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Anthony Coghill wins easily in Pittsburgh City Council's lone contest

Bob Bauder
| Tuesday, Nov. 7, 2017, 9:36 p.m.
Anthony Coghill, 50, of Beechview celebrates his primary election victory with staffers at his campaign headquarters in Brookline on May 16, 2017.
Ben Filio for the Pittsburgh Tribune Review
Anthony Coghill, 50, of Beechview celebrates his primary election victory with staffers at his campaign headquarters in Brookline on May 16, 2017.
Anthony Coghill
Submitted
Anthony Coghill
Cletus Cibrone Abate
Cletus Cibrone Abate

Longtime Beechview Democrat Anthony Coghill won a landslide victory Tuesday in his fourth attempt to represent Pittsburgh City Council's 4th District.

Coghill, 51, the owner of a Beechview roofing company, easily defeated Republican challenger Cletus Cibrone Abate of Overbrook, according to preliminary election results.

Coghill received 79.5 percent of the votes with all precincts reporting, according to unofficial Allegheny County election returns. Abate, 48, had 17.8 percent.

Coghill, whose campaign focused on improving basic city services for South Hills residents, attributed his victory to support from Democratic committee members, labor unions and elected officials.

“I think the people saw persistence in me, and they know I'm a hard worker,” Coghill said. “I knocked on every door in this district. This was going to be my last go at it, and it was all or broke.”

This was Abate's first run for elected office. The self-described community activist could not be reached for comment after the polls closed. Earlier in the day Abate said Pittsburgh suffers from poor government leaders.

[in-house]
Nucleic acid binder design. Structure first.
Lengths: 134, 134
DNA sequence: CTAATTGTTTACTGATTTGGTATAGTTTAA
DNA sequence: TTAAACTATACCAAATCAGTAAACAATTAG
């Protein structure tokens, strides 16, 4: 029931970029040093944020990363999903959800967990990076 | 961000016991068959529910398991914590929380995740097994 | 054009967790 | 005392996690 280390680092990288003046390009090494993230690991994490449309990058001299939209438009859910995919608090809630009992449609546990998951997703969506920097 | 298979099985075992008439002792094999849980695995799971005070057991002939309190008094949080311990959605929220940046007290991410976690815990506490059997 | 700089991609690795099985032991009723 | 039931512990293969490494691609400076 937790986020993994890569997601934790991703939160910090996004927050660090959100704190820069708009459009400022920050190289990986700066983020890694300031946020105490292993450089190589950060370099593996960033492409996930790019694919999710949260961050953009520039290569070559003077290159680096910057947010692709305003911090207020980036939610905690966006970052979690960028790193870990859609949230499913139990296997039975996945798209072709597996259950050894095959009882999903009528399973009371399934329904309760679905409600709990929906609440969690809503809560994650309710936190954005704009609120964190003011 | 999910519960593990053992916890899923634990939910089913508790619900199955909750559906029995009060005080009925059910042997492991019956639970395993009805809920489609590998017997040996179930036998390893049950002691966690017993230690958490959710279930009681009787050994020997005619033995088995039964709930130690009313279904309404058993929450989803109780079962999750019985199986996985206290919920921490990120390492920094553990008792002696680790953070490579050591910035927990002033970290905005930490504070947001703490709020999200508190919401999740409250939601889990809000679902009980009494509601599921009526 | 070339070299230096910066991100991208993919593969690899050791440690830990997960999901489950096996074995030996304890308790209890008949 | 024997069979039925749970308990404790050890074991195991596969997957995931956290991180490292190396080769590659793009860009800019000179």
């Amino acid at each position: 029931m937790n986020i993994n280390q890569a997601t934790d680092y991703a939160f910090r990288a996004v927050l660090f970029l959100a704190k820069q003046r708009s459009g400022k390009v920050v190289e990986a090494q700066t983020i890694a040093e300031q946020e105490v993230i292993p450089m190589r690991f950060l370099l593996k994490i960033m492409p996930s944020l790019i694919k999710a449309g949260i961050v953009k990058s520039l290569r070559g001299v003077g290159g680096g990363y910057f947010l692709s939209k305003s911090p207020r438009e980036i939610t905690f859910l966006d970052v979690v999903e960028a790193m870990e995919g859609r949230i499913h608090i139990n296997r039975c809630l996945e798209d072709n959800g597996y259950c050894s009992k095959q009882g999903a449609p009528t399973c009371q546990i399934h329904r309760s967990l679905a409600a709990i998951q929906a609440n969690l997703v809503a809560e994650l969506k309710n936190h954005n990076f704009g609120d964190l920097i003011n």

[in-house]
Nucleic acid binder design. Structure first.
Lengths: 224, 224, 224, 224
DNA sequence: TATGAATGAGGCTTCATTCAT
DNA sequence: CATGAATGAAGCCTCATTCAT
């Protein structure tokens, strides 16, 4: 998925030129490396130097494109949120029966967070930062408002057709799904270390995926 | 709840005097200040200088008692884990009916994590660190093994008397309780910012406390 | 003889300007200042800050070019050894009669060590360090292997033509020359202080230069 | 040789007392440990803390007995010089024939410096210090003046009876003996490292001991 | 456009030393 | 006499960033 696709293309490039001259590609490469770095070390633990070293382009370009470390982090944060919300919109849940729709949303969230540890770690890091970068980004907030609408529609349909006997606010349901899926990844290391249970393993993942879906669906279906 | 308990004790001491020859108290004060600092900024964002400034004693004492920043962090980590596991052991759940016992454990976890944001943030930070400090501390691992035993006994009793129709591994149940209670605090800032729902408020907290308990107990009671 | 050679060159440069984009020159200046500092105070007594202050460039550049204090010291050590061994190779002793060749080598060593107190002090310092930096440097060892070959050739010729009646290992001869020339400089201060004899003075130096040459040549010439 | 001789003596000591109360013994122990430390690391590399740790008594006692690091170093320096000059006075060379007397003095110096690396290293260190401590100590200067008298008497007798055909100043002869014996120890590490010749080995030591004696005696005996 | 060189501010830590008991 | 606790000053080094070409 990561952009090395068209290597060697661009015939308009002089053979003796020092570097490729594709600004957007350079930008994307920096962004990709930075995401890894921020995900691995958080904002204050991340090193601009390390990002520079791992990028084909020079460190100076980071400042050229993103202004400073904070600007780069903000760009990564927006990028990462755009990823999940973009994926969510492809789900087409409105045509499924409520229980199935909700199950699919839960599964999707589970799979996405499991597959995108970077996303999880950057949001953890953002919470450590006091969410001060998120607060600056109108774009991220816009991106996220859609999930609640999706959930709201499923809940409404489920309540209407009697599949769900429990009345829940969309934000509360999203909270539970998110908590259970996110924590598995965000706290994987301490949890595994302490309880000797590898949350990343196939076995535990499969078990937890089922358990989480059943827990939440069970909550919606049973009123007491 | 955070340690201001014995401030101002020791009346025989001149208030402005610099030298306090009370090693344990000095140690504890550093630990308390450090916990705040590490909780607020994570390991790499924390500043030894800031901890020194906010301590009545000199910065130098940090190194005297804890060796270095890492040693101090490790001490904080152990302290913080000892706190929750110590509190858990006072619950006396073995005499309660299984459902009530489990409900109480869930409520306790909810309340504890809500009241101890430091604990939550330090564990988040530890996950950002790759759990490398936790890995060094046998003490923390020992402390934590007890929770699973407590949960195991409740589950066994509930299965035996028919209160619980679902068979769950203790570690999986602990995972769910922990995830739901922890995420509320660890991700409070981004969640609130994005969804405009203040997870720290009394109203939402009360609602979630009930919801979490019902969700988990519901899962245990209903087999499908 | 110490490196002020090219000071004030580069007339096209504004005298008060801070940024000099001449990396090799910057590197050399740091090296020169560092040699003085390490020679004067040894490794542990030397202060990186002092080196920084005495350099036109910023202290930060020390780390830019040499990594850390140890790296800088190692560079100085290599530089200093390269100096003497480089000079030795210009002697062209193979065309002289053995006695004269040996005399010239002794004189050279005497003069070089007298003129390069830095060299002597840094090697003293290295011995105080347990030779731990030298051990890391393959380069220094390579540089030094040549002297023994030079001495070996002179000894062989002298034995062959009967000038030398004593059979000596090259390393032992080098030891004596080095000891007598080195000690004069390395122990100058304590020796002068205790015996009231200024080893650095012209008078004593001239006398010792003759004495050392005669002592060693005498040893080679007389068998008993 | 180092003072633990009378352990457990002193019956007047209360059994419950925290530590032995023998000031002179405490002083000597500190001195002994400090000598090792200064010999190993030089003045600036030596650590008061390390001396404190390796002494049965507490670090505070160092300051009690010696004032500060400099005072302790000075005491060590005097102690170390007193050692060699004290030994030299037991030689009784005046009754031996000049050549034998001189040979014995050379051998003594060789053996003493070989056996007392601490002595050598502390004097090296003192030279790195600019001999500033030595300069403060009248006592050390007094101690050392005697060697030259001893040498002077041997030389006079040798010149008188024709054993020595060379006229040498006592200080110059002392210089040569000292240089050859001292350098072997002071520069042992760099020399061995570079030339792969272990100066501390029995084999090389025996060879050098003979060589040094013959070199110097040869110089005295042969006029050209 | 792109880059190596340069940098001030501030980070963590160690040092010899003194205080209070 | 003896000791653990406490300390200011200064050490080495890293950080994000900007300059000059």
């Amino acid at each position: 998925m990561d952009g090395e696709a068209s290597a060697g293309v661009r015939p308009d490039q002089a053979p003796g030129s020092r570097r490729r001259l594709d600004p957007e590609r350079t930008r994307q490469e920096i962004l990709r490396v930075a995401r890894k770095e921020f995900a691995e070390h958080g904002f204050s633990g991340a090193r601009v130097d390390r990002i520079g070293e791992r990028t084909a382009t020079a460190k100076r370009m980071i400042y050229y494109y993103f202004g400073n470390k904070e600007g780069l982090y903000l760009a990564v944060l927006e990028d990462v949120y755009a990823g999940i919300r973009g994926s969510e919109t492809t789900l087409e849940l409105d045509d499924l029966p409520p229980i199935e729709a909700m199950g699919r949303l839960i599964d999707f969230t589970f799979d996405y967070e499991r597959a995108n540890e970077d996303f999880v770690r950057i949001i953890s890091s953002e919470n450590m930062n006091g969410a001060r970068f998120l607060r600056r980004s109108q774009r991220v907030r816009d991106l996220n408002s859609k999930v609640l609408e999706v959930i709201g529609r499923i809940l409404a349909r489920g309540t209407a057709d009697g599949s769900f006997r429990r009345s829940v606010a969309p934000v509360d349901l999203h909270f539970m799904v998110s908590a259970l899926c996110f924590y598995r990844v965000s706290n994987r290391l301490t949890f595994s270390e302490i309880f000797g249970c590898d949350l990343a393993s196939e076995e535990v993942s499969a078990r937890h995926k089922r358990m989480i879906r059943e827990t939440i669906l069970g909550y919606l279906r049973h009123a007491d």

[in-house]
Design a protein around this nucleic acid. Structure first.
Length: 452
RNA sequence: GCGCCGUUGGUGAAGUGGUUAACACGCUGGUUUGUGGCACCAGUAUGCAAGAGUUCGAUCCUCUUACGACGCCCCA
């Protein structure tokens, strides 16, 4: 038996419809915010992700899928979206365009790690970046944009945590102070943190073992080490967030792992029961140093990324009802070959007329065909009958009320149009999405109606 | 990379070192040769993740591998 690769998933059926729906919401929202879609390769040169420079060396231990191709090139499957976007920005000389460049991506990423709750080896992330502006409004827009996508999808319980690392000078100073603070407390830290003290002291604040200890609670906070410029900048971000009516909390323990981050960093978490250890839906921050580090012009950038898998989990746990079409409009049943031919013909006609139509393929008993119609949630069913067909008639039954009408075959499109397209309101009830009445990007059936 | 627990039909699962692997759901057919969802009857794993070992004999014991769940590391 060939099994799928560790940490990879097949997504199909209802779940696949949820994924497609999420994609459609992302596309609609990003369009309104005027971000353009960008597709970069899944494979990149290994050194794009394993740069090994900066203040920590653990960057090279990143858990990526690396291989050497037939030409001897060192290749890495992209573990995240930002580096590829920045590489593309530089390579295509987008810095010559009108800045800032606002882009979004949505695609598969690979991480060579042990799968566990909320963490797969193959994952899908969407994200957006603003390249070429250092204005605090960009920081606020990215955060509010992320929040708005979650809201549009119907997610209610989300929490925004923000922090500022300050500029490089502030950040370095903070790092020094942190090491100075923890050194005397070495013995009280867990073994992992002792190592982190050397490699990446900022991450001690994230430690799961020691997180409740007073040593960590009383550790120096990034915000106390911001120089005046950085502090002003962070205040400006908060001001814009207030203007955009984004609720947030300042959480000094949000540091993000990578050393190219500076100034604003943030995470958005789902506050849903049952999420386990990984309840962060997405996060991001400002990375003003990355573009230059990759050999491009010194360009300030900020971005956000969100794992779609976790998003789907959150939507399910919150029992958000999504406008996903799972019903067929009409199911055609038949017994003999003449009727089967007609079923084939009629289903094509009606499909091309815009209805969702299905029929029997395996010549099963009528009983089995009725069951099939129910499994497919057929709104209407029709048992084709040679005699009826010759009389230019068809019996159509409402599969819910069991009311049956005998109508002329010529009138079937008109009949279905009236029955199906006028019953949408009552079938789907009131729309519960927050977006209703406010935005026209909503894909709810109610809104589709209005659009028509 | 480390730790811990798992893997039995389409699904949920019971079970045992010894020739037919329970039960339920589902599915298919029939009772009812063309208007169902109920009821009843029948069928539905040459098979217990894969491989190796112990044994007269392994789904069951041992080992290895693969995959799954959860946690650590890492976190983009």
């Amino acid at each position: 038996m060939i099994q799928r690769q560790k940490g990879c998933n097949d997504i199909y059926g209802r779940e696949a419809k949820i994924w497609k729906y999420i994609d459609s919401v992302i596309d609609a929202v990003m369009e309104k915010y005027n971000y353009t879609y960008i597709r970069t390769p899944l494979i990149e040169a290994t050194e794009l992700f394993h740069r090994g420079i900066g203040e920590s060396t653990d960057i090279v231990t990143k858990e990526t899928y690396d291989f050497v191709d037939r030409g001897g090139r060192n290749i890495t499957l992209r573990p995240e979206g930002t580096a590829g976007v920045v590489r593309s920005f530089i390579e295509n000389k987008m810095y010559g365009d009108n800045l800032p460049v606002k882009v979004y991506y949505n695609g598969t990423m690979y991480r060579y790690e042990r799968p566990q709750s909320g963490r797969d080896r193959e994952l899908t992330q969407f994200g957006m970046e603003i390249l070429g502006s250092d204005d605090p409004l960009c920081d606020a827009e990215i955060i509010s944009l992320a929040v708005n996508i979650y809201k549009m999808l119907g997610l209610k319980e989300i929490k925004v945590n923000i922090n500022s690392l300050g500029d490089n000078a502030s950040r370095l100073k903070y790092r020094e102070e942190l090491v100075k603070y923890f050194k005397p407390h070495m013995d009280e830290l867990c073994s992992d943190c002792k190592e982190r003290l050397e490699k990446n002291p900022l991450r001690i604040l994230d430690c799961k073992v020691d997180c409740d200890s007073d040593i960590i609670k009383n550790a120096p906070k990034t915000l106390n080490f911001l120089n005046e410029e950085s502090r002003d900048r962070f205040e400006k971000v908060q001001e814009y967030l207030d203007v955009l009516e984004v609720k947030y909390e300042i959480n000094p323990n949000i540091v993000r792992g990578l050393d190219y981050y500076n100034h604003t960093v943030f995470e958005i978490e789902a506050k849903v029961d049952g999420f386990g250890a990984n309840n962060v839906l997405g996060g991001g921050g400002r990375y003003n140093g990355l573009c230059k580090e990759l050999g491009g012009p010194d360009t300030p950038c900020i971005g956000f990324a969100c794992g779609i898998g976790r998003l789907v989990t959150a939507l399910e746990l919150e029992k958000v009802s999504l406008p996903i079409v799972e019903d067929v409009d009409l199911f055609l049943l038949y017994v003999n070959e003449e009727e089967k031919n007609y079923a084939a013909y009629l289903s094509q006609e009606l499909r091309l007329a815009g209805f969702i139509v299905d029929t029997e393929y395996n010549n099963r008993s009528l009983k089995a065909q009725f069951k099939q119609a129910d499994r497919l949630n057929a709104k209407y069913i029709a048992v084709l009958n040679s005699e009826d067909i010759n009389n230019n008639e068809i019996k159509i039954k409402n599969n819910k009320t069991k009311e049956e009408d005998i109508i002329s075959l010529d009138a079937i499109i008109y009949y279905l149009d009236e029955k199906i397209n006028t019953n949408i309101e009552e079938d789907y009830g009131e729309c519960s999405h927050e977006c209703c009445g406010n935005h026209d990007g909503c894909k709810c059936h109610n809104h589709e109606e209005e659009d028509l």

“We know it's a Democrat machine in the city,” she said. “The dead would rise if it was a neck-and-neck race. I wasn't winning no matter what.”

Abate wanted to track Pittsburgh spending and provide better programming for seniors and children at local recreation and senior centers.

The district includes Beechview, Bon Air, Brookline, Carrick, Overbrook and part of Mt. Washington.

Coghill, who takes office in January, will replace Natalia Rudiak, 38, who did not run for re-election. His was the only contested Pittsburgh council race this year.

Upon taking office, Coghill said, he will immediately work to revitalize the Beechview business district and lobby for a new Department of Public Works division headquarters in the South Hills. The city condemned the old headquarters in Knoxville because of structural problems.

“I'm a blue collar guy,” he said. “I think that will bode well on council.”

Three council members were re-elected without opposition: Theresa Kail-Smith, 58, of Westwood in District 2; R. Daniel Lavelle, 40, of the Hill District in District 6; and Dan Gilman, 35, of Squirrel Hill in District 8.

Council members serve four-year terms and will be paid $66,371 in 2018.

In addition, Pittsburgh voters overwhelmingly approved a referendum that amends the city's home-rule charter to allow city employees to work at schools as part-time instructors or athletic coaches.

Bob Bauder is a Tribune-Review staff writer. Reach him at 412-765-2312, bbauder@tribweb.com or via Twitter @bobbauder.

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